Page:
I learned about carb counting and sliding scales for dosing insulin. I learned about the effects of diet, exercise, and illness on blood sugars. I was prepared for how difficult T1D would be on my child, but nowhere in all the training was a forewarning about how hard it would be on me, his caregiver.

What we have been called to as parents of a child with T1D is hard and can leave us physically and emotionally drained. While it is my son who lives with type 1 diabetes, I discovered the disease also invaded me personally, and hasn’t left any single aspect of my life untouched or unaltered. Refusing to be ignored, it’s chiseled at the deepest parts of my being, forcing me to dig deeper for strength than I have ever needed to before.

T1D also seeped into every pore of my family, as I’m sure it has seeped into yours. It has brought additional challenges to my marriage. It has complicated my relationship with my son, as I struggle with being his mother and caregiver without being a hoverer. The weight of the disease has even affected my other children. Chronic illness is the great disrupter.

Releasing Control to Gain It

How can we hope to build emotionally healthy families in the midst of all the disruption that accompanies T1D? We must begin deep within ourselves as parents. We begin by recognizing our own pain and attending to it, rather than continuing to brush past it, hoping it will just go away.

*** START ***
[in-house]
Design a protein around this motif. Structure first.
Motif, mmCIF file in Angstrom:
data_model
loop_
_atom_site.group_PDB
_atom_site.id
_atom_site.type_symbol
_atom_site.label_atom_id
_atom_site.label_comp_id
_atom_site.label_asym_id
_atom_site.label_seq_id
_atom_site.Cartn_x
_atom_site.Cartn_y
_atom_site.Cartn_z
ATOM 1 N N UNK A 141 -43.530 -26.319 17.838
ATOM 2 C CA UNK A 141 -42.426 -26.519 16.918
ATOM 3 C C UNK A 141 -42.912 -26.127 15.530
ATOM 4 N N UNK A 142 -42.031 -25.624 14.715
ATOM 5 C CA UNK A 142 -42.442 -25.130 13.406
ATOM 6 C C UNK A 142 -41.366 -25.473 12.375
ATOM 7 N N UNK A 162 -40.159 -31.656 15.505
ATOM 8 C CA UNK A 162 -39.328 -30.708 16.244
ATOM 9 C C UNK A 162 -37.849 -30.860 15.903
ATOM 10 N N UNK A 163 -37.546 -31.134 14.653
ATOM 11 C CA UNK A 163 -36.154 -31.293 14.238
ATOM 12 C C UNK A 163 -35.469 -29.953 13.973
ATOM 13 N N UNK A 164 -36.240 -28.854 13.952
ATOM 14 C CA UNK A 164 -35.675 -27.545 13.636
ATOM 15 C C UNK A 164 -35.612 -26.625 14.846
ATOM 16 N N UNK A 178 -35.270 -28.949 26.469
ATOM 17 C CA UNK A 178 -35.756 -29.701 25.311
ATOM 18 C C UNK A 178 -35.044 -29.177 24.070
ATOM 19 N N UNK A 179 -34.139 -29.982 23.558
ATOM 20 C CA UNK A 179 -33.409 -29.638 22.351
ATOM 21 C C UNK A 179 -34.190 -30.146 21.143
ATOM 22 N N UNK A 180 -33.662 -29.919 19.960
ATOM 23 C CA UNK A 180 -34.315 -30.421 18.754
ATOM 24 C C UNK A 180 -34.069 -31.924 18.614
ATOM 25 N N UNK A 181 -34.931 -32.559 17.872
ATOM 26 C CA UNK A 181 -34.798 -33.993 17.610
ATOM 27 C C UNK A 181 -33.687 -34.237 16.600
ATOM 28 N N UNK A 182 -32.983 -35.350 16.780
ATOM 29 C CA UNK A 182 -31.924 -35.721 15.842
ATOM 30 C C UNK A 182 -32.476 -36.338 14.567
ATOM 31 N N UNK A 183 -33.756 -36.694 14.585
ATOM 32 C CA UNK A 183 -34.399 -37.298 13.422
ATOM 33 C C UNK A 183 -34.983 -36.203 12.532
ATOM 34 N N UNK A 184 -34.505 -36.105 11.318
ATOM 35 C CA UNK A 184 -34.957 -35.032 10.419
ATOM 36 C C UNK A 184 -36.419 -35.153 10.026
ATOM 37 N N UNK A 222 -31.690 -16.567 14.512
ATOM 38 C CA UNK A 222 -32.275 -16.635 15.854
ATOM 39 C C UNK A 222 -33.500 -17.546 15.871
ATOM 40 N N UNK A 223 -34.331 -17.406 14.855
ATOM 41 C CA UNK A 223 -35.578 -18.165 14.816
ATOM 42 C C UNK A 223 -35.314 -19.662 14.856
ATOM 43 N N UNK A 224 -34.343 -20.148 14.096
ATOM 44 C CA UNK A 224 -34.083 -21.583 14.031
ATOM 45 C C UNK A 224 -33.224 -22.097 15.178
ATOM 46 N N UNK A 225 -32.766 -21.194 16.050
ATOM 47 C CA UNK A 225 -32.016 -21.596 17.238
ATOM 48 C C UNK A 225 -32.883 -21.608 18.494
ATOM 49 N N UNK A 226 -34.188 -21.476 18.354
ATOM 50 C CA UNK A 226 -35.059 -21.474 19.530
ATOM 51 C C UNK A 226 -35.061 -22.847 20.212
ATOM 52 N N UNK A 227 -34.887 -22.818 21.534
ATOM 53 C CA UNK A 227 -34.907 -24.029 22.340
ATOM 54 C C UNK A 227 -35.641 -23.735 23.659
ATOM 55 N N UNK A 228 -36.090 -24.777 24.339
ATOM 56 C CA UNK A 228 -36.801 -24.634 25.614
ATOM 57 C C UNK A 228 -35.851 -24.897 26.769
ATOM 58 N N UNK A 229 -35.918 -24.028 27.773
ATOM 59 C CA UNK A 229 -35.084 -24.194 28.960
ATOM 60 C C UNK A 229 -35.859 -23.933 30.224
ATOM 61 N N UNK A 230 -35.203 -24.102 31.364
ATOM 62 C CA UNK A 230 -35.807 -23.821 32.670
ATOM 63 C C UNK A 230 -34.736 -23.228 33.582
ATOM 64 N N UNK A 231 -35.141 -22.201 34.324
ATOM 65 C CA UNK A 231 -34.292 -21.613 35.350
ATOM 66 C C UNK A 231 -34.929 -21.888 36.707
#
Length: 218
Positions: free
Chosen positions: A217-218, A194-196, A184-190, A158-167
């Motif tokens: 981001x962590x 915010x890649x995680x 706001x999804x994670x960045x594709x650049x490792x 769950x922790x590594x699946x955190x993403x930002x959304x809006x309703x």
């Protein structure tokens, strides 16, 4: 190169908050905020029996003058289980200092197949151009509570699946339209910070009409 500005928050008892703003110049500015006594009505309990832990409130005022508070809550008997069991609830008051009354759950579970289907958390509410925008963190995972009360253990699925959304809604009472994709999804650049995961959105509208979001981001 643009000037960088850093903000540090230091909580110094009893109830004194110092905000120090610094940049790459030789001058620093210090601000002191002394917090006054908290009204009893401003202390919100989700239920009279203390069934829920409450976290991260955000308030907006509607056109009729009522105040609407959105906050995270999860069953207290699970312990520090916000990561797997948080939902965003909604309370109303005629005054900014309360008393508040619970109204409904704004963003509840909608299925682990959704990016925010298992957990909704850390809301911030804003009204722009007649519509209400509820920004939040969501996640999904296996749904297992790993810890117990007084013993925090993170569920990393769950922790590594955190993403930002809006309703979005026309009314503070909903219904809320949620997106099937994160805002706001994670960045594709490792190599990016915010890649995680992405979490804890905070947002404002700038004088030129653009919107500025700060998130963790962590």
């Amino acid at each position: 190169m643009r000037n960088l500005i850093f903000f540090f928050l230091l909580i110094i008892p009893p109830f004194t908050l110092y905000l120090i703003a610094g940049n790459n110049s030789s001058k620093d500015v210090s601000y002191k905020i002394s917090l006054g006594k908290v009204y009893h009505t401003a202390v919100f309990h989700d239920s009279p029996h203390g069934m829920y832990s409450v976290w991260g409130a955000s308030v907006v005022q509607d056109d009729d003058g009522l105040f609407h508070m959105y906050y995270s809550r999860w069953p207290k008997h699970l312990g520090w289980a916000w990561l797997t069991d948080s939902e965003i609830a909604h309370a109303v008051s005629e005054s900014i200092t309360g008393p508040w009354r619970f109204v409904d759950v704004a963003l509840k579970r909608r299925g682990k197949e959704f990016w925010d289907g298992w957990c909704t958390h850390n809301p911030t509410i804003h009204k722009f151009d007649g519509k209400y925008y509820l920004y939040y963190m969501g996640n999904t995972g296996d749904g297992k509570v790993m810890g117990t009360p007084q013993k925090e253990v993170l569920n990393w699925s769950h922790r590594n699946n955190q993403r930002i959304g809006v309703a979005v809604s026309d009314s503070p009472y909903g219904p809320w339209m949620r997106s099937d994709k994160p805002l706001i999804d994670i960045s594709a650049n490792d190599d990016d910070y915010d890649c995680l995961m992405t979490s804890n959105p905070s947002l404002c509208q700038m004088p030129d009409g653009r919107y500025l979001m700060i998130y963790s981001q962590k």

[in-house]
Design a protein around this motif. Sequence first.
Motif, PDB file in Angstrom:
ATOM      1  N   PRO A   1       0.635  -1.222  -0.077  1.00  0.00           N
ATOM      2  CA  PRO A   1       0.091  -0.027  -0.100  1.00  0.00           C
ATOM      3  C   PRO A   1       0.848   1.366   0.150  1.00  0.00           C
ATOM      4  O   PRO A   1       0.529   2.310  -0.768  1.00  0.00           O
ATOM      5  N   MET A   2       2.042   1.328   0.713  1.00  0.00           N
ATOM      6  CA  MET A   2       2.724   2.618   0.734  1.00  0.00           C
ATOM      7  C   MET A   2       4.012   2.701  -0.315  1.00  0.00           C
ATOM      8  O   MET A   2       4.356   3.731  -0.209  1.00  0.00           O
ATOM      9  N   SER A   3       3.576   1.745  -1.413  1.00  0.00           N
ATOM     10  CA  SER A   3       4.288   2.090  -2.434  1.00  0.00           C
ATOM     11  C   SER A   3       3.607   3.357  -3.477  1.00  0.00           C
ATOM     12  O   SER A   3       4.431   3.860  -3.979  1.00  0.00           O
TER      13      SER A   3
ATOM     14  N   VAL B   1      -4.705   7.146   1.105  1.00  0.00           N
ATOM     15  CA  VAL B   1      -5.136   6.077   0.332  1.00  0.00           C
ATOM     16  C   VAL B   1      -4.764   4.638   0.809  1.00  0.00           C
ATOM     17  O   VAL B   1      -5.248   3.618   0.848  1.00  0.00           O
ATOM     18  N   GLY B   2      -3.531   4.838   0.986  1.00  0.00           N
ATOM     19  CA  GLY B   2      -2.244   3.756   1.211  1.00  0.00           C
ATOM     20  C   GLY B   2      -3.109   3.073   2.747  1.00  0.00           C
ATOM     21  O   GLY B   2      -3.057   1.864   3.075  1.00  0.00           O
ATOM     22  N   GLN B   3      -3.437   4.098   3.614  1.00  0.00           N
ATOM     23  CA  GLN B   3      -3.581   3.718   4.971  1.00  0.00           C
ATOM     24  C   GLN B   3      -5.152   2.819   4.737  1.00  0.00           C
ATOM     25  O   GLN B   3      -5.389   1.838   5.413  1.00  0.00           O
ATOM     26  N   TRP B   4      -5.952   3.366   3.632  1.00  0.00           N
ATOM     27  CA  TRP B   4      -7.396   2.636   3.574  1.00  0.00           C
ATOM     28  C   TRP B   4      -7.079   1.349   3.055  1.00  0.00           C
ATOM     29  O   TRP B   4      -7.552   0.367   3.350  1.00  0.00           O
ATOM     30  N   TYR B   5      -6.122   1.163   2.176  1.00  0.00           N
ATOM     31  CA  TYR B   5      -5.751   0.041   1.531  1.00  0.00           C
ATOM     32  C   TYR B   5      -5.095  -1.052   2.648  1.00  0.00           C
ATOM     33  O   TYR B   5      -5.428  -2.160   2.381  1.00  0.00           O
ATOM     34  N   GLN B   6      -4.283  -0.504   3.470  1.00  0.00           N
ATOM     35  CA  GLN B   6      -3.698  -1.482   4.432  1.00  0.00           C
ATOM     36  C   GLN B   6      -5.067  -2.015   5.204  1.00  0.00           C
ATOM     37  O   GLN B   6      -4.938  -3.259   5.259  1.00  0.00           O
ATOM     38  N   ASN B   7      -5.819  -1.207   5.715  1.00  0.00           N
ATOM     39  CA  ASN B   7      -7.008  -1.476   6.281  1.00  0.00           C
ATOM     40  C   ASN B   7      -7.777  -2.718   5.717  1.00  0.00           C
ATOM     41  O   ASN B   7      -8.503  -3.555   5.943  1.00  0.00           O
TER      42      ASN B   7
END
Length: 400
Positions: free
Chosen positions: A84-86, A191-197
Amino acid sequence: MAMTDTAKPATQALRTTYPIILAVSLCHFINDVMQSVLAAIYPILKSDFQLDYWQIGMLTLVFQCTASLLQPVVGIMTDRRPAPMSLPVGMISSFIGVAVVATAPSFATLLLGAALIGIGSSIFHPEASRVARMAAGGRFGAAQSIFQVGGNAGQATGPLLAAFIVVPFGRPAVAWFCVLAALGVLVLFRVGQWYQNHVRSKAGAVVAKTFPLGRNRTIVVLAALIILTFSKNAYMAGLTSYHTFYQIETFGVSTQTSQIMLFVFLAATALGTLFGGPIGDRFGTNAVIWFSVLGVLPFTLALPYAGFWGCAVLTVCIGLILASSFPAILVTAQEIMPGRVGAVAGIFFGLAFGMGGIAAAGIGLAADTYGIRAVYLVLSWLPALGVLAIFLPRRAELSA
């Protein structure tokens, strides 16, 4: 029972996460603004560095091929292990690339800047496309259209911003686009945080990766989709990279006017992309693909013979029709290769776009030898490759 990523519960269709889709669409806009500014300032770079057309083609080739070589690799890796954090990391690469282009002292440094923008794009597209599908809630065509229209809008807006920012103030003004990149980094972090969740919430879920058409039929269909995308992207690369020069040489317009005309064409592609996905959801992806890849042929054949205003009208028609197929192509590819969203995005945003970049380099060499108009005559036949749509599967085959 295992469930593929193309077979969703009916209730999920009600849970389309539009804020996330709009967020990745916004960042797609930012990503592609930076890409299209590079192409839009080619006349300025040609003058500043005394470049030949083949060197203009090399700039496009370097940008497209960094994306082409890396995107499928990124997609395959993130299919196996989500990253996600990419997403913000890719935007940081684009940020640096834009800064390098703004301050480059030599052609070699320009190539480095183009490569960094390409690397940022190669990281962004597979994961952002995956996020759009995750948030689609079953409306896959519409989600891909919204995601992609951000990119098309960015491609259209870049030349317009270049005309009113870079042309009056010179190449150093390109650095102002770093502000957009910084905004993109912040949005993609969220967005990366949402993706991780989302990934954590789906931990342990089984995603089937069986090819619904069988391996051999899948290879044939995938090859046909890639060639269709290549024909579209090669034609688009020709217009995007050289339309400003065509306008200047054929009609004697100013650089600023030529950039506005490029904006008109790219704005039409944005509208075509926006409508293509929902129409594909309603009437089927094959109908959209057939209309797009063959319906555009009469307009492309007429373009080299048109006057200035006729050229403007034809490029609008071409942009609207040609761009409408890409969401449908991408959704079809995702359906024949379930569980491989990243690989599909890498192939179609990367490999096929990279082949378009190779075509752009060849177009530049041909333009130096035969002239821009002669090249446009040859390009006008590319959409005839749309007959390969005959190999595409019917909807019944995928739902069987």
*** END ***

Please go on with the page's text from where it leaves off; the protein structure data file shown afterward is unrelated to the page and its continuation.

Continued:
Because it won’t.

If we don’t find healing for our unhealthy emotions, the muck will spill over and spiral out into the rest of our family. But, when we begin to tend to our own hearts, we create space for our wounds to heal, allowing the healing to spiral outward until gradually it touches every relationship within the family. Hope and healing begin with us.

The undoing of our captivity to fear and anger, mourning and brokenness, requires the relinquishing of our constant longing to live a different life. An easier life. A life where loving and care giving don’t hurt quite so much. To move beyond fear we must begin to accept what is. As long as we refuse to accept our new normal, fear will hold us in its grip. Acceptance allows us to face our fears, and once we face our fears, we can begin to deal with them. In accepting this disease, I acknowledge my son’s vulnerability and also my own.

But acceptance is hard, isn’t it? It requires us to do the difficult work of releasing control. Control is our need to influence and determine the outcomes of all situations affecting our life. Control is our attempt at ordering the world around us, and it’s our insistence that life conform to our view of how things should be. My son’s disease interrupted the carefully ordered world I had envisioned for my family. It shattered my expectations. It took away my control.

And when we lose control, it’s easy for anger to step in and take its place. We don’t like the unsettled feeling of being out of control. We prefer to walk on solid ground, yet this disease demands we embrace the shifting footing of uncertainty. I’ve learned though, that the only way forward is through the crucible of releasing control. To take hold of hope we have to release our lock-fisted grasp on the way we insist things should be. The way things once were.

A new hope can only be birthed out of our willingness to set aside our need for control, and to courageously begin to accept things as they now are.

This essay is a taste of the book Bonnie O’Neil is currently finishing writing for parents of a child with chronic illness. Through narrative and reflection, the book weaves a story of hope amidst the challenges of raising a child with T1D.

Source: diabetesdaily.com

Search

+